Robert: I think some days we’re a little more competitive and a little more at each other’s throats. But we do a great job of leaving what happened at practice at practice and then go grab lunch or dinner right after. We go to Dewick as a team. It’s always good to take that focus and drive on the field and then separate it and know that that’s not what everything in our relationship is about.

How would you describe your brother?

Matt: He is very driven—he knows exactly what he wants and he will do almost anything to get that. I think that he’s a smart guy. He emulates a lot of stuff that I look for in my friends and that I try to be. He’s always been an incredible role model to me. Almost everything I did as a kid was because he was doing it.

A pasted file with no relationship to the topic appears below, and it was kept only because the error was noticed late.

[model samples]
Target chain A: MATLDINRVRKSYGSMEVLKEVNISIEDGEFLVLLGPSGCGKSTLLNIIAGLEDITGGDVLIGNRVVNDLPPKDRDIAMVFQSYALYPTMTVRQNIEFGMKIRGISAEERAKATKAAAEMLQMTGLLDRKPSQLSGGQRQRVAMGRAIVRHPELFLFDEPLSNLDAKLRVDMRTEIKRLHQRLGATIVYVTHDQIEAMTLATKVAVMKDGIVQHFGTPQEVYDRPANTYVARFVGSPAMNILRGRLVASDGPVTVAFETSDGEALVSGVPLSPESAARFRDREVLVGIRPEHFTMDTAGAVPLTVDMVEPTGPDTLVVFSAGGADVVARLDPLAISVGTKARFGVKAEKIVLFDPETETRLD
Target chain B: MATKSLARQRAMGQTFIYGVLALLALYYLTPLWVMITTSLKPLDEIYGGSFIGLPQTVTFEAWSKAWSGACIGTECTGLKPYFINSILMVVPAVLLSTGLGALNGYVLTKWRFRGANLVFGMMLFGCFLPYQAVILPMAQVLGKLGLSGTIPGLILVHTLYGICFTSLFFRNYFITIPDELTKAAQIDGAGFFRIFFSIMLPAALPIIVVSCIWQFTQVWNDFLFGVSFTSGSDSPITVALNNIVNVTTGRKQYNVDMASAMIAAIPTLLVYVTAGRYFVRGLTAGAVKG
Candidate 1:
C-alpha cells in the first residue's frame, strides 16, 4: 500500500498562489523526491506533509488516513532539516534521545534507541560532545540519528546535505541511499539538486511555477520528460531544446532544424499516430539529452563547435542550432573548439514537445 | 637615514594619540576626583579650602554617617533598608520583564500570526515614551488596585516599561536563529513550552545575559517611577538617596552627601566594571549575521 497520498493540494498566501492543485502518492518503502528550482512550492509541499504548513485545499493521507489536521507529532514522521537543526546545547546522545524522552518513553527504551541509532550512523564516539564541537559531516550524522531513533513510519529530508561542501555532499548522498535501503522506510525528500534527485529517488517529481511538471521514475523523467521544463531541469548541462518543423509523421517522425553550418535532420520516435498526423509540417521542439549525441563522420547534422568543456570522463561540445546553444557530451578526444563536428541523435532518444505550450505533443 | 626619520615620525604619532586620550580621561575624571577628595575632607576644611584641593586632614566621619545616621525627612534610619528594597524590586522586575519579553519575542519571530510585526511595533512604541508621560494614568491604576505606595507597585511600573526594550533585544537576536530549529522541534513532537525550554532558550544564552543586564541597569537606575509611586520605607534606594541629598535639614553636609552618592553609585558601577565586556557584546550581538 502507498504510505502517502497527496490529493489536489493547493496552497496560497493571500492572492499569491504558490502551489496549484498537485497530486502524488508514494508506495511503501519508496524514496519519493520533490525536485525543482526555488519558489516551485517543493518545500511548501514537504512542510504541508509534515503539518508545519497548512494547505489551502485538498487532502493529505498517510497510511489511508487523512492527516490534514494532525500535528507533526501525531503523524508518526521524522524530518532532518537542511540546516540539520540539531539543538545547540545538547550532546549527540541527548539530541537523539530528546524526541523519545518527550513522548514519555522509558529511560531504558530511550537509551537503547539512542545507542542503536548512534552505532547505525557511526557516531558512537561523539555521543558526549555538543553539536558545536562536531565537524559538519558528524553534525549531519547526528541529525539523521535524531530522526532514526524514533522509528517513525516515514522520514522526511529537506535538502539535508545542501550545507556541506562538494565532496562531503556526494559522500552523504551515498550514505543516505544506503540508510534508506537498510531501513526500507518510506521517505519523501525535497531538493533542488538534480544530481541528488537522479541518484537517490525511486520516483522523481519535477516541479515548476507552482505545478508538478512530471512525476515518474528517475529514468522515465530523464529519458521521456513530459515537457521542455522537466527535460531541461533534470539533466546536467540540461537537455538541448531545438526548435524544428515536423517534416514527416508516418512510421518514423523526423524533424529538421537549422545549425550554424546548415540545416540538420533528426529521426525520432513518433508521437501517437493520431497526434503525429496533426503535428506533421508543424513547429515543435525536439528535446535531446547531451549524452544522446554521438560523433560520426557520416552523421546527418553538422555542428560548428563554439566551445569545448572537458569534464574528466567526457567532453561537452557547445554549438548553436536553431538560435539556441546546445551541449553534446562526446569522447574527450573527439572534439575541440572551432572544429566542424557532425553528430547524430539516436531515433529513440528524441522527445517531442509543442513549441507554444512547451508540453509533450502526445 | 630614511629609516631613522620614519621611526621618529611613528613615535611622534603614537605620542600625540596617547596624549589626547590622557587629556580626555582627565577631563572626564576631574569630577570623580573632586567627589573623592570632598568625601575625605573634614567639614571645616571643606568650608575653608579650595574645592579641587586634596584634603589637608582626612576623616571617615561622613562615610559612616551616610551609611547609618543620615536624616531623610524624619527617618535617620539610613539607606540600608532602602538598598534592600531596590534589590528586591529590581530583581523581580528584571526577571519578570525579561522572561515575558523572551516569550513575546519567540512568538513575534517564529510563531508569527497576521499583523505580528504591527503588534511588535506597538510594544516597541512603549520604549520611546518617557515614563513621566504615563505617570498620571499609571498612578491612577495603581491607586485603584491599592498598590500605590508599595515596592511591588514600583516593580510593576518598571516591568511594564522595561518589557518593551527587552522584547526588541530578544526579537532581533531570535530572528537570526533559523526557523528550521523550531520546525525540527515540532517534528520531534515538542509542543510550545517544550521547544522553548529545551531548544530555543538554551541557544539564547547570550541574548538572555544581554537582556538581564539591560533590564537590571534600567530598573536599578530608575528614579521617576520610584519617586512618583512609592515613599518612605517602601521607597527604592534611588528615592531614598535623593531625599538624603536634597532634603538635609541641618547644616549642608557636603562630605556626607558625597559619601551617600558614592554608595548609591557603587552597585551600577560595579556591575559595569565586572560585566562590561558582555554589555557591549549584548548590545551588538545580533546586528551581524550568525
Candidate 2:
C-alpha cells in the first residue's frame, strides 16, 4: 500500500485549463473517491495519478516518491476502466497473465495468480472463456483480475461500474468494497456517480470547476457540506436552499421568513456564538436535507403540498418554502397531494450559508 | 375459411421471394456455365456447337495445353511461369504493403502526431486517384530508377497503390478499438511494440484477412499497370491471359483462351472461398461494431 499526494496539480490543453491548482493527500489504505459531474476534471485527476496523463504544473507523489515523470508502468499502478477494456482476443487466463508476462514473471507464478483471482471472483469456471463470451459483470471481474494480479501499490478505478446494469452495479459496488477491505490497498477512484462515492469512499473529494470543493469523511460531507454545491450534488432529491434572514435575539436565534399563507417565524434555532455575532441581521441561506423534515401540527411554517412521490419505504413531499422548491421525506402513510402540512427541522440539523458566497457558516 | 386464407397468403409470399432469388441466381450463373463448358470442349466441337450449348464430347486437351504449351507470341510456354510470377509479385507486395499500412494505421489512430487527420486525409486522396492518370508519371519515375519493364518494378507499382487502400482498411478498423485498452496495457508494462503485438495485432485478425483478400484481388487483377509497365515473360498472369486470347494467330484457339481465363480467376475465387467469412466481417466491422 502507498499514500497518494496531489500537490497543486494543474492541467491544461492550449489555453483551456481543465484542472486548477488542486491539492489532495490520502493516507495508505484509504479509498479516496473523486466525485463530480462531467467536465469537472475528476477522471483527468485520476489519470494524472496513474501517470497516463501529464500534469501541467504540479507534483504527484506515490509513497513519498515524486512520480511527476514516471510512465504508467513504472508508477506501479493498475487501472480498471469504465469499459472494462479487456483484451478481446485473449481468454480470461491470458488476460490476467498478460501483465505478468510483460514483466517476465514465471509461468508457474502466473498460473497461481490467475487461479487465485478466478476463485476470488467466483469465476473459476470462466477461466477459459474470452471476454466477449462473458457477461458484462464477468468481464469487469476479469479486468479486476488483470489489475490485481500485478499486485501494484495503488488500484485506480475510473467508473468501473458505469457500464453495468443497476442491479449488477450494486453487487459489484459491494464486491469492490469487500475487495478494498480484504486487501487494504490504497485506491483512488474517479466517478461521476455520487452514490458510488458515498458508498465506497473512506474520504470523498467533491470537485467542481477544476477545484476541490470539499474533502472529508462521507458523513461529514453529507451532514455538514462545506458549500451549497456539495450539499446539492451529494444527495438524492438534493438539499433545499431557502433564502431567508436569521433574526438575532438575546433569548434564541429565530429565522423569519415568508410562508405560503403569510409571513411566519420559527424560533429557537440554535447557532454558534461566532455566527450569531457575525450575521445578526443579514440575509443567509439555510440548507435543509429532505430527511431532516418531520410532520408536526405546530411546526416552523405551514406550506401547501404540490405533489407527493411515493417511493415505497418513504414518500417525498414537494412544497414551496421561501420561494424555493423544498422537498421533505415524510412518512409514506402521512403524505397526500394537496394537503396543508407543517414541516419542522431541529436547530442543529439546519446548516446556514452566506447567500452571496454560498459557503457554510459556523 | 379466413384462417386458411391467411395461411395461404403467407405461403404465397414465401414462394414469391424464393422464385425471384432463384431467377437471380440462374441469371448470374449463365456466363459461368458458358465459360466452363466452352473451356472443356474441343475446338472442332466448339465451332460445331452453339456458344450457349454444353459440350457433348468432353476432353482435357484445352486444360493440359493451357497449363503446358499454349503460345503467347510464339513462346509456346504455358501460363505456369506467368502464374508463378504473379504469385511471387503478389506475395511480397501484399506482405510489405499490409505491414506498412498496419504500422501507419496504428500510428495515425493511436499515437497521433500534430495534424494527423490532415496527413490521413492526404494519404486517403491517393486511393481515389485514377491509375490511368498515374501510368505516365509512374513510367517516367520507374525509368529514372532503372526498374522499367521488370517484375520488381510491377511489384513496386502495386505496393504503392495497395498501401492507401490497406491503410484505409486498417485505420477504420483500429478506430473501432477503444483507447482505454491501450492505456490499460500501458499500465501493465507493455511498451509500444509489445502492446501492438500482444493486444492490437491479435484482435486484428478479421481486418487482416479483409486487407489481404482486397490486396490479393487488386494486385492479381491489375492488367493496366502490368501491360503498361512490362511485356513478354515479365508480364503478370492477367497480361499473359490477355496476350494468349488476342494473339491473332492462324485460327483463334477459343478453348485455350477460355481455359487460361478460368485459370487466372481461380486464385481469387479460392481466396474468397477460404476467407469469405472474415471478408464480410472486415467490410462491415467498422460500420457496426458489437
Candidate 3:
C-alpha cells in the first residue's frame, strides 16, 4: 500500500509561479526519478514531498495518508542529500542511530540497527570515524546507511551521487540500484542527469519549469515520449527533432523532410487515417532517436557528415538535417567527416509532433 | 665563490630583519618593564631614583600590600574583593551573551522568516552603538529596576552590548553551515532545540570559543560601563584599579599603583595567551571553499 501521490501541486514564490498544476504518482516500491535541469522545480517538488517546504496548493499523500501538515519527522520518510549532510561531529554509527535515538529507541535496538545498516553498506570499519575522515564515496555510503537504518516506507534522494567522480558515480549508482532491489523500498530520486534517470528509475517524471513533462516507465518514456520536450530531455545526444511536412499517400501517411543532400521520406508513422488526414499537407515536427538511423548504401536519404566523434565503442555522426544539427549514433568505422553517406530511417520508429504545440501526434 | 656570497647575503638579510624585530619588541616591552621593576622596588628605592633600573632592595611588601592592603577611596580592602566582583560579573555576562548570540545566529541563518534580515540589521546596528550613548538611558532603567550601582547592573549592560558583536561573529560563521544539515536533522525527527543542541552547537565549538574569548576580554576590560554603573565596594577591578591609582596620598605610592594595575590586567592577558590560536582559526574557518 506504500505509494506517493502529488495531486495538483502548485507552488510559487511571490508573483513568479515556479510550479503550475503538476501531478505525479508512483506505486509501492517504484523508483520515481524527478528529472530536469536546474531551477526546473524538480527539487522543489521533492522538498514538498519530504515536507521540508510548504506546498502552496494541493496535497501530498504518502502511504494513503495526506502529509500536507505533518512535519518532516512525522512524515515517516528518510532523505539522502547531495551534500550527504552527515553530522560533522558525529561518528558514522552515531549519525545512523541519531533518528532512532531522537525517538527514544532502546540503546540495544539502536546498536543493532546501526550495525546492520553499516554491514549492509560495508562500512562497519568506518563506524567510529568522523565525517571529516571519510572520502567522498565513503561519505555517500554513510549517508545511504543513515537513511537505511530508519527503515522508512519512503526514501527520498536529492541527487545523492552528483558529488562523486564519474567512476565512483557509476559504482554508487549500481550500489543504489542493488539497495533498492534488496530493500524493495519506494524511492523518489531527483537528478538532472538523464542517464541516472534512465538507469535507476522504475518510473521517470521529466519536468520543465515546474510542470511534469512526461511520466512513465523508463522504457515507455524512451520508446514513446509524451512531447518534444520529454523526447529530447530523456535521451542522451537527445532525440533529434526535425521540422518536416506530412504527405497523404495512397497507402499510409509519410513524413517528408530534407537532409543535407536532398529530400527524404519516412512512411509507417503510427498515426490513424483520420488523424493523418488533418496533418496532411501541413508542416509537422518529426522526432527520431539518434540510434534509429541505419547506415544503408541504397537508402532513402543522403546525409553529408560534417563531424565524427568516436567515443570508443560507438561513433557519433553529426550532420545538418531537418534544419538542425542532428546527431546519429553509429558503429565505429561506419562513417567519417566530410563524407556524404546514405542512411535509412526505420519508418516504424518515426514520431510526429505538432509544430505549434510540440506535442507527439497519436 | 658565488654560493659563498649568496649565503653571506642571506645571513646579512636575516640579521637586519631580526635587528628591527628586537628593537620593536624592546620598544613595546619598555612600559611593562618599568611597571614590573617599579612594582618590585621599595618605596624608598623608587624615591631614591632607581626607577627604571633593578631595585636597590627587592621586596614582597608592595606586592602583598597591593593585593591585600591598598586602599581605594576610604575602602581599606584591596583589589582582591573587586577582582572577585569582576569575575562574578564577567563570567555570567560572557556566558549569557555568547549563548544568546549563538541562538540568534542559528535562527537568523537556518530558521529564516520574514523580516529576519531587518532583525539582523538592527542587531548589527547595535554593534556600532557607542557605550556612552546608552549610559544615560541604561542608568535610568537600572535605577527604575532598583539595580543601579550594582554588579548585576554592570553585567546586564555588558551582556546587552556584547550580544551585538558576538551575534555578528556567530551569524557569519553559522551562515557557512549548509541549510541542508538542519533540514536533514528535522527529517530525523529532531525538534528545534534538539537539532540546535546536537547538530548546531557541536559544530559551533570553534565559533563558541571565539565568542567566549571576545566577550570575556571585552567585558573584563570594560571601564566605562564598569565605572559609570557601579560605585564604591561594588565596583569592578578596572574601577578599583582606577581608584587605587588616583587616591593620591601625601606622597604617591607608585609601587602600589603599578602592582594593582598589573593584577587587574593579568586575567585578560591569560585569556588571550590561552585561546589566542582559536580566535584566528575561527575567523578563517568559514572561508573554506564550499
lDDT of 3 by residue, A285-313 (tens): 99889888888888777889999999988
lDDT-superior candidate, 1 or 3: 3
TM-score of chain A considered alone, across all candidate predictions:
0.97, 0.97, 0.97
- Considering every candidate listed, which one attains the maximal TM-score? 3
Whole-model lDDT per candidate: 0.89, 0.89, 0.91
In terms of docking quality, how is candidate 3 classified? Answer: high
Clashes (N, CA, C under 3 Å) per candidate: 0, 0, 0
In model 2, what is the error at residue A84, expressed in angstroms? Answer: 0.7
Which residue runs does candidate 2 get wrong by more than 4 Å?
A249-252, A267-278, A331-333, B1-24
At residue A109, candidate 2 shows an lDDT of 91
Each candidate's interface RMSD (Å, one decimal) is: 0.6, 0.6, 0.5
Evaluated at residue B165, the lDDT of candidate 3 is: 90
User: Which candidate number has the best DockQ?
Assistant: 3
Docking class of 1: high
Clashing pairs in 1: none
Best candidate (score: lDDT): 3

Robert: Matt’s very loyal. He’s a great competitor. I know that any time he steps on the field or set foot in the classroom, he always wants to be number one. His ability to come out every day and work hard is very inspiring.

Have you always been so close?

Matt and Robert (simultaneously): Yeah.

What’s your favorite spot on campus?

Matt: Usually my bed. But I really like going to the seventh floor of Fletcher. There are two conference rooms that overlook the entire campus and you can see Boston. It’s a really cool spot. We usually go up there and do homework together.

Robert: Yeah, I’m pretty sure you found that from me.

Elizabeth Lanzilla, left, and Kathleen Lanzilla, near Tisch Library. Photo: Anna MillerElizabeth Lanzilla, left, and Kathleen Lanzilla, near Tisch Library. Photo: Anna Miller